SEB notebooks ready for collection by the delegates at the conference venue

The conference proper doesn't start until tomorrow, but today Sarah is hosting a careers day for young scientists, to give them an opportunity to network and meet people before the 'established researchers' arrive. I give her a hand setting up the room and putting up posters as the younger delegates begin to arrive. And so I meet one of the researchers whose work I wrote up as a press release, Miss Lauren Nadler, studying how rising carbon dioxide levels inhibit the ability of fish to recognise one another. Sarah soon has everyone mixing together, pairing off to perform one to one introductions, then 'presenting' each other to a larger groups. I check my emails for media enquiries, flit about taking photos and grab a few delegates for quotes over lunch. In the afternoon, Mary Williams, an American plant scientist passionate about developing teaching aids for universities ( see interview in a later blog!) and Jennifer Sneddon, a researcher on equine injuries gave a master lass on getting papers published. Although I have attended many sessions on this theme, Jennifer provided a rare insight into the review process, whereby papers are sent by journal editors to be assessed by fellow scientists in the field ( so called 'experts'!). It was encouraging to hear that even young scientists are often welcomed to become reviewers, as it certainly gives invaluable insight into the publication industry. Meanwhile, Sarah ran a concurrent session on alternative careers in science; given that only 3.5% of PhD students ultimately continue in academia ( with only 0.45% making it as a professor) , it is important to consider different avenues. Rather than seeing scientific careers as a 'pyramid', with a broad base narrowing to a tiny elite, Sarah encouraged us to think of a 'tree of scientific careers', with innumerable interconnected possibilities.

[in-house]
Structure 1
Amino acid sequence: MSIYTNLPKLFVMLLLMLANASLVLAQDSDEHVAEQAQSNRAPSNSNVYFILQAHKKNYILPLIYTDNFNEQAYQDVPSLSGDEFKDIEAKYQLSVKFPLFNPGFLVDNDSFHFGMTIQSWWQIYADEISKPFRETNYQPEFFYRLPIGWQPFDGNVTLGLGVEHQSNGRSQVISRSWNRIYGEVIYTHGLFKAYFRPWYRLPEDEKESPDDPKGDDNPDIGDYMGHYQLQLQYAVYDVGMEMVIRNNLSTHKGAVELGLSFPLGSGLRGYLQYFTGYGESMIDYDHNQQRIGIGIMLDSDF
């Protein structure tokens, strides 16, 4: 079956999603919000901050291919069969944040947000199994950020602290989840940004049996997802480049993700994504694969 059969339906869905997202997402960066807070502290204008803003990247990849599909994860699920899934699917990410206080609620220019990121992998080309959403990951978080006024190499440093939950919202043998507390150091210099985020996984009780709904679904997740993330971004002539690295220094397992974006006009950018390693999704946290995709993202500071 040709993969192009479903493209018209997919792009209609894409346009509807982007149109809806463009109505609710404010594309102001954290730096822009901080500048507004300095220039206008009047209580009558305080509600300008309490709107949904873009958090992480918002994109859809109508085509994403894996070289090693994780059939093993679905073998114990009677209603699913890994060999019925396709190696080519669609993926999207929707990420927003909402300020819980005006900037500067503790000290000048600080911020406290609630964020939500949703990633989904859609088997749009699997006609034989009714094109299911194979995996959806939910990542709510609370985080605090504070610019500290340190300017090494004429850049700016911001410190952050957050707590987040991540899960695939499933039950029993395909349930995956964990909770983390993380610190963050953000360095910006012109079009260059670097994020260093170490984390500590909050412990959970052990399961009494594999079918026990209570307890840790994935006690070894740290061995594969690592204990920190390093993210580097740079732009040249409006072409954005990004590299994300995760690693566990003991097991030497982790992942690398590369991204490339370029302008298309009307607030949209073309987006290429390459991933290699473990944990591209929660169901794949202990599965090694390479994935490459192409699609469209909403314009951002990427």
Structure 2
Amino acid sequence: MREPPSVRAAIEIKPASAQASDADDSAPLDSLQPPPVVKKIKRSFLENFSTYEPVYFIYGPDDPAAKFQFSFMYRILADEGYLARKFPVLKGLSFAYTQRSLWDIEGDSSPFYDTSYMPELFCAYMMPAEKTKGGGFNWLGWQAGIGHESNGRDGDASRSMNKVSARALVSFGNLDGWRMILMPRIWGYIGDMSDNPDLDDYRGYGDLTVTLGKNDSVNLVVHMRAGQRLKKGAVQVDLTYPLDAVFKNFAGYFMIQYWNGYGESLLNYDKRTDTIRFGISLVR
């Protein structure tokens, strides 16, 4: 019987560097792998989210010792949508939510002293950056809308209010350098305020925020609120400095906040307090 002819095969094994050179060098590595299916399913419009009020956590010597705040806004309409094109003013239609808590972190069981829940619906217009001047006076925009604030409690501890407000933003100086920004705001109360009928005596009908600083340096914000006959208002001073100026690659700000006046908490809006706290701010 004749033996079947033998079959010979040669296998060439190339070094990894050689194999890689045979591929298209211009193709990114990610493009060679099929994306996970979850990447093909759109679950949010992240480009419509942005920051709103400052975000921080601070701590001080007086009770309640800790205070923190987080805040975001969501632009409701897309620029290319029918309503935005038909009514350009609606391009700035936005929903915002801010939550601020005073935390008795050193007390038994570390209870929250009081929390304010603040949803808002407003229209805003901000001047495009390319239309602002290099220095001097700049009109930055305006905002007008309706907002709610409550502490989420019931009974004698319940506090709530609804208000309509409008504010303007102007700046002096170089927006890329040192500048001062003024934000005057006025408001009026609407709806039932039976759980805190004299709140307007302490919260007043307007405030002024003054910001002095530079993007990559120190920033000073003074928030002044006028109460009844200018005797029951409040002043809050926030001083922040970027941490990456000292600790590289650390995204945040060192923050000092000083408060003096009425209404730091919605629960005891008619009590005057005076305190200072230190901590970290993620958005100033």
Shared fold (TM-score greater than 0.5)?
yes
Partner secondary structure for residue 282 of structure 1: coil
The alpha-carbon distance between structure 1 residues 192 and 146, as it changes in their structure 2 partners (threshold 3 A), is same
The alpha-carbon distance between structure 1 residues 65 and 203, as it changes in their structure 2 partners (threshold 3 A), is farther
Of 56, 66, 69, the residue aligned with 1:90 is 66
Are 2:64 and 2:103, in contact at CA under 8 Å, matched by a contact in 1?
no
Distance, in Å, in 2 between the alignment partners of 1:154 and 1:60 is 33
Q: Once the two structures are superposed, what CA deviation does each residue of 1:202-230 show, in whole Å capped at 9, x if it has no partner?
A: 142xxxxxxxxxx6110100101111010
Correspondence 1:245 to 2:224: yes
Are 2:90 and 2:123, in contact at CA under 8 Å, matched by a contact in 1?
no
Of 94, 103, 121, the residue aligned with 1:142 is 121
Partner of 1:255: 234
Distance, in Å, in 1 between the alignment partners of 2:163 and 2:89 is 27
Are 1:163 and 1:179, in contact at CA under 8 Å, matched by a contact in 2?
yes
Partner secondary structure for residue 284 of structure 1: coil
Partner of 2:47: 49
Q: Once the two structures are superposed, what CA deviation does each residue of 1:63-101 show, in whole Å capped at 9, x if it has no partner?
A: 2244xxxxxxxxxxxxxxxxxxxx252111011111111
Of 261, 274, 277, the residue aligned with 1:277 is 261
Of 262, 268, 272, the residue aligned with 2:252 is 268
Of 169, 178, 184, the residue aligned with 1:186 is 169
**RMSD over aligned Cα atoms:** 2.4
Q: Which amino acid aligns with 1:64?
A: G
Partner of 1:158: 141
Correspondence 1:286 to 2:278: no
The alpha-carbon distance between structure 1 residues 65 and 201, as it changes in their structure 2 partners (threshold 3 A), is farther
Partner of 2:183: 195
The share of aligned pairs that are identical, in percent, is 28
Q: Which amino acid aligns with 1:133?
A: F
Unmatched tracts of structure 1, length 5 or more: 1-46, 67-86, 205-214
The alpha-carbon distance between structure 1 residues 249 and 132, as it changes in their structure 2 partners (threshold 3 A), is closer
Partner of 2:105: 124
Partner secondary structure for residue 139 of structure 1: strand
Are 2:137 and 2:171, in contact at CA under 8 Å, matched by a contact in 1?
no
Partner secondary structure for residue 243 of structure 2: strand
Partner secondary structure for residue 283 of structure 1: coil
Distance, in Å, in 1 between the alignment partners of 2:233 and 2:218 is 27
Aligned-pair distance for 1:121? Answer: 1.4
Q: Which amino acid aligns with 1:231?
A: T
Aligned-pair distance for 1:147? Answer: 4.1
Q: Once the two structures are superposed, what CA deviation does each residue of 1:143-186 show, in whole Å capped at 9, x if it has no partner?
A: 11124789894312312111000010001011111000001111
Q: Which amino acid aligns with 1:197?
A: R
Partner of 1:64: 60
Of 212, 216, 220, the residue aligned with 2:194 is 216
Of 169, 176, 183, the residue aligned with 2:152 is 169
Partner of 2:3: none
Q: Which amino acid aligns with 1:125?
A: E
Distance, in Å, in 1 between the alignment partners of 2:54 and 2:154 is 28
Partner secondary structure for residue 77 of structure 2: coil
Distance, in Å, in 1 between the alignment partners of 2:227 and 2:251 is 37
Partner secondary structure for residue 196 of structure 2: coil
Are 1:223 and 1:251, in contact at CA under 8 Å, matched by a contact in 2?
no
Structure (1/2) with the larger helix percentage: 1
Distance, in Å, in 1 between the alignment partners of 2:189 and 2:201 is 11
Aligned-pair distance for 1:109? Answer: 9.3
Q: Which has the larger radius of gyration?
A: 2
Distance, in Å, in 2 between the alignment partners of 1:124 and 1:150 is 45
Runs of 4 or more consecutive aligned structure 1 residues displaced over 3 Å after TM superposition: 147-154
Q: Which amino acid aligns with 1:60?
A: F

Young scientists practice their presentation skills

Getting to grips with the "review process"